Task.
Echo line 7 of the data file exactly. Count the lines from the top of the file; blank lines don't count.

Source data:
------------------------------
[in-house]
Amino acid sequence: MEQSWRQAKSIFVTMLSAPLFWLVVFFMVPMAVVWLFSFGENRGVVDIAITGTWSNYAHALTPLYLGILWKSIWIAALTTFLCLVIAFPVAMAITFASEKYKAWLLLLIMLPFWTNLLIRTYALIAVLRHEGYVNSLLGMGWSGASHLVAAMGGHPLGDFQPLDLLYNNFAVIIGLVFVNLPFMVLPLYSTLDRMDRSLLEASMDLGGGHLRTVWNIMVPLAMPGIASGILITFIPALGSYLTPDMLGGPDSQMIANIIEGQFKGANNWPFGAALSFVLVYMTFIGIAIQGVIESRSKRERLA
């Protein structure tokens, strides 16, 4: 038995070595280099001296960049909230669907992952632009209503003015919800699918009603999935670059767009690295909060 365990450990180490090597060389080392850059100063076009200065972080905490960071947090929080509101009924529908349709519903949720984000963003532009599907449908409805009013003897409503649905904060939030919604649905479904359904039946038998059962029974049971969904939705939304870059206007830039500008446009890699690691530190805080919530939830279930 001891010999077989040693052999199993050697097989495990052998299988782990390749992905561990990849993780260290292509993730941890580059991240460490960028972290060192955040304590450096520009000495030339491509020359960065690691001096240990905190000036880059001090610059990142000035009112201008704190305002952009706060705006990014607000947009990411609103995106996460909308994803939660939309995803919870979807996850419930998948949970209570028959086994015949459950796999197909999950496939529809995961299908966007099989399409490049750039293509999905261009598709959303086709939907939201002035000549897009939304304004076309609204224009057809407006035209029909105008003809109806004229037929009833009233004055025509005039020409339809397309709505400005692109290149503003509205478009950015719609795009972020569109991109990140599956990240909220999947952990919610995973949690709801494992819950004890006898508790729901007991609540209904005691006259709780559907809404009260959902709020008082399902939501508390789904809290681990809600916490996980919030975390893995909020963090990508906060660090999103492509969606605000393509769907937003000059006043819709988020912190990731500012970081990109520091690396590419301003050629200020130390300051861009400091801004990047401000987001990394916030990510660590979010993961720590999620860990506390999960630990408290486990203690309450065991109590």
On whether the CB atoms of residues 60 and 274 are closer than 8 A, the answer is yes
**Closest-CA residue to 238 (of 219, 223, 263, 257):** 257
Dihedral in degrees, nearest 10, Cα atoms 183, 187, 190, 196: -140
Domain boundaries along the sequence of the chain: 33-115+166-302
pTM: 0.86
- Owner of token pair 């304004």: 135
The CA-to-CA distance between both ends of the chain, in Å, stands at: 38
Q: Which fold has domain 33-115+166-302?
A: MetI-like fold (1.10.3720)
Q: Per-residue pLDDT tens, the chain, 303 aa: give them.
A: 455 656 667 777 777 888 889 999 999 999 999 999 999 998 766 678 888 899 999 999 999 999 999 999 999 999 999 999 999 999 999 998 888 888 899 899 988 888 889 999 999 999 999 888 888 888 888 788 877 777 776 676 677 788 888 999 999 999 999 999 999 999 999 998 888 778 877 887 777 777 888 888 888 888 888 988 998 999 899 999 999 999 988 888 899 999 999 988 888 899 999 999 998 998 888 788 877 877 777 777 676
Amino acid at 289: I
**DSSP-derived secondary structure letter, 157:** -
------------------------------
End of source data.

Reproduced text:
Domain boundaries along the sequence of the chain: 33-115+166-302